With that said, let’s drive into the current upcycled food and beverage market in Japan and meet the players who are defining it.
Japan’s Upcycling Innovators
When it comes to companies who are upcycling food waste to create brand new products, Japan is not yet at the same level as Europe or the US for example. There are certainly fewer F&B companies that focus entirely on upcycling. That being said, there are several emerging innovators who are helping the upcycling movement in Japan gain ground. Let’s meet them!
Founded in 2021, Japanese startup Aranea has developed a fungus-based fermentation technology that companies can use to upcycle byproducts into value-added ingredients. Aranea was selected for ImpaTech Japan’s Social Change Maker’s program, and won the final pitch, giving them access to funding and development opportunities. In the coming weeks, we have an exclusive interview with Alexander Feller, CEO of Aranea, to talk about how he’s growing the business in Japan.
In 2021, Asahi launched a range of beers brewed with food waste from the Kurumae neighbourhood where their headquarters is located in Tokyo. Kurumae White is a weizen beer brewed using waste bread from local sandwich stores, and Kurumae Black is a stout made with spent coffee grounds. The beers were only sold in Tokyo as a pilot for future upcycled products.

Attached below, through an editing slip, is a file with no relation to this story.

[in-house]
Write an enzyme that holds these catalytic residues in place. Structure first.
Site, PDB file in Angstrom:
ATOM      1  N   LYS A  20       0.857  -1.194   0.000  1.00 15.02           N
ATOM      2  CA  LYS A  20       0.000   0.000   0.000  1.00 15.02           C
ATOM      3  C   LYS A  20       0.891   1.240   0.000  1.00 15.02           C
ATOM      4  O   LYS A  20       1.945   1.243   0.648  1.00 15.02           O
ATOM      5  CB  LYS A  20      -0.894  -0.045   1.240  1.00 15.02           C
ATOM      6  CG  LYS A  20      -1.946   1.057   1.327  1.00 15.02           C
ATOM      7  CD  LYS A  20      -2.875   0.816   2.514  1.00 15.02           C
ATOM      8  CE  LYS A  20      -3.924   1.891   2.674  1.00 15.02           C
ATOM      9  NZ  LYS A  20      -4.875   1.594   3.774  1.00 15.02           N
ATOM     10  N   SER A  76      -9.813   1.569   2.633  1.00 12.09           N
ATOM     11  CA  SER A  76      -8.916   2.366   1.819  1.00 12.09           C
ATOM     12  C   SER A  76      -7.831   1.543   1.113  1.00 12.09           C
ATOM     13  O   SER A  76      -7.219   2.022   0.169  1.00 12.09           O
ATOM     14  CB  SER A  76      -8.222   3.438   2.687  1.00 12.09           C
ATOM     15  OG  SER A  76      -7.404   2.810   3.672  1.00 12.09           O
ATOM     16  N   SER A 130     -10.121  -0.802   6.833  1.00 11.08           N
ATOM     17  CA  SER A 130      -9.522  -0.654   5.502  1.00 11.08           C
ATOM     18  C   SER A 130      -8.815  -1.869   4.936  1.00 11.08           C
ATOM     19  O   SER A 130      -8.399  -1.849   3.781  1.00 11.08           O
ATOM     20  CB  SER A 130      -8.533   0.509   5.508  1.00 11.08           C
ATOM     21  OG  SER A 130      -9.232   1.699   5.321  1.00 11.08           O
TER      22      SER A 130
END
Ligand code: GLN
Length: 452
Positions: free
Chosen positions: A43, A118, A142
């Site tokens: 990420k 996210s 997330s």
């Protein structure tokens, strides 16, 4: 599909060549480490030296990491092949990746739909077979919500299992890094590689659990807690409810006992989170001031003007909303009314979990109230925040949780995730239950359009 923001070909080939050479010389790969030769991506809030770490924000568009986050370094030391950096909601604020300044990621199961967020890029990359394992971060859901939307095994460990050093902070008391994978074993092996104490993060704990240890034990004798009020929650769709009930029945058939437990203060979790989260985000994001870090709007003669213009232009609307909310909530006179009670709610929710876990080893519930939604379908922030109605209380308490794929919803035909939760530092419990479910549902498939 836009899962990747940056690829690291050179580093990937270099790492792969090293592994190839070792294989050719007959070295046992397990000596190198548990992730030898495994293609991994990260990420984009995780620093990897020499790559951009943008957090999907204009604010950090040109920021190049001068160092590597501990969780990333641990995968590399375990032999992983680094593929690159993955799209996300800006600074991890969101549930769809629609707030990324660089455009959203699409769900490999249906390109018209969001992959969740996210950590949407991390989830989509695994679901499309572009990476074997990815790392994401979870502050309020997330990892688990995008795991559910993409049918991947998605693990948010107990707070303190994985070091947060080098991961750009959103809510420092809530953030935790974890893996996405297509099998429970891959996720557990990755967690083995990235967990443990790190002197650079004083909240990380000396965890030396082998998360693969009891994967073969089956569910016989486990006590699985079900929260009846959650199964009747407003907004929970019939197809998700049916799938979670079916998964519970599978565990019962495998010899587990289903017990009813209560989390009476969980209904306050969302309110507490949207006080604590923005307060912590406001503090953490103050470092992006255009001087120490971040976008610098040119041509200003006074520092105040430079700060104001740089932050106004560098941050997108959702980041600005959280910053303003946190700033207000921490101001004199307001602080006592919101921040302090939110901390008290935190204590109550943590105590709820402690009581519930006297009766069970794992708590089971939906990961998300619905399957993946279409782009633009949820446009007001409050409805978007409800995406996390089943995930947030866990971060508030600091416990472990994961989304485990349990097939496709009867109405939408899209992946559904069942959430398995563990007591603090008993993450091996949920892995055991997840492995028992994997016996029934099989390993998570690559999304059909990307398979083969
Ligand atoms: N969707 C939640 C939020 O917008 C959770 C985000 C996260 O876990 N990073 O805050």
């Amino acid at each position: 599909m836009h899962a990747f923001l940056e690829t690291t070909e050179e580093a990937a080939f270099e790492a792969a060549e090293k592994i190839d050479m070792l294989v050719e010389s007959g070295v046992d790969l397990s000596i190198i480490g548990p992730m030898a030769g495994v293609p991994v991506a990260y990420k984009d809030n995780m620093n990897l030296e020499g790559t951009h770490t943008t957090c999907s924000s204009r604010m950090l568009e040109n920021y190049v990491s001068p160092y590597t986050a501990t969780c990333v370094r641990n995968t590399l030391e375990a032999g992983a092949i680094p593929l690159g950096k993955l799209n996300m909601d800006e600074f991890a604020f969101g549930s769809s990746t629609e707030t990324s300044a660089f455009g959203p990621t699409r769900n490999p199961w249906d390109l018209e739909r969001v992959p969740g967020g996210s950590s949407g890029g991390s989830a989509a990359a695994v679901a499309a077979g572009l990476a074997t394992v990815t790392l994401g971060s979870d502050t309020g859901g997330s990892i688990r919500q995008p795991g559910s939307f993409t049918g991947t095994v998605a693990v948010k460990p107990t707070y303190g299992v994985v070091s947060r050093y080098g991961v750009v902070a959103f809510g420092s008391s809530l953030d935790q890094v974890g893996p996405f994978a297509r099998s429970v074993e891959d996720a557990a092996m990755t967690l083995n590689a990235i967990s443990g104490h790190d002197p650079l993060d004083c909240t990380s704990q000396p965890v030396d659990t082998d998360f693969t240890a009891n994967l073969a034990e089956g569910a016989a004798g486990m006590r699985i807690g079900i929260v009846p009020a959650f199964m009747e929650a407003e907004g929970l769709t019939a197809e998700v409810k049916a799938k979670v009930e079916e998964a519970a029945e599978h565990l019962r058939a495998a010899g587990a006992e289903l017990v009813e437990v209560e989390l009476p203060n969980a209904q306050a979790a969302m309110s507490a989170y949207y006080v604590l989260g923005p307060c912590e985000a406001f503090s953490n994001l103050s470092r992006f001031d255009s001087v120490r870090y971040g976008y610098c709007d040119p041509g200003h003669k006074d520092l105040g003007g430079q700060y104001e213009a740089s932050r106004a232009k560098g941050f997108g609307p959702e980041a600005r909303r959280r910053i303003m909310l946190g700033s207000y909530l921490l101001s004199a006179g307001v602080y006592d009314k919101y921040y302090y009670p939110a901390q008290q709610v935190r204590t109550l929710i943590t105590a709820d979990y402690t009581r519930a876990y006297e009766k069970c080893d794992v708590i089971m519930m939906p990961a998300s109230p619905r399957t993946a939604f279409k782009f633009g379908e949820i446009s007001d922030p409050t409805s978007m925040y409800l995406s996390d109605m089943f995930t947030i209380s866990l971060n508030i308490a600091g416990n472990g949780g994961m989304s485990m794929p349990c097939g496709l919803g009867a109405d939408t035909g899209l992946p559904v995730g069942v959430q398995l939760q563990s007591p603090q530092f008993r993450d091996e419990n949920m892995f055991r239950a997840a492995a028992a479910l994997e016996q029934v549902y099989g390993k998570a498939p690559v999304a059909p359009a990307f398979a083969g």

DEAN & DELUCA Japan
In 2021, Dean and Deluca Japan launched a lineup of canned upcycled seafood products made with recipes designed by famous Japanese chefs such as Chihiro Naito of An Di. The products were launched in 2021 to make use of fish that could not be sold as a result of supply chain and demand challenges caused by the COVID-19 pandemic.
Ethical Spirits created award-winning gins from sake lees, a by-product of sake brewing process. In 2021 Ethical Spirits raised ¥140 million JPY to build a second distillery outside of Tokyo to help them expand their product lineup. Ethical Spirits aim to capitalize on the abundance of sake lees available from sake production in Japan to produce quality products that capture a piece of the global gin market, expected to be worth over $20 billion by 2028.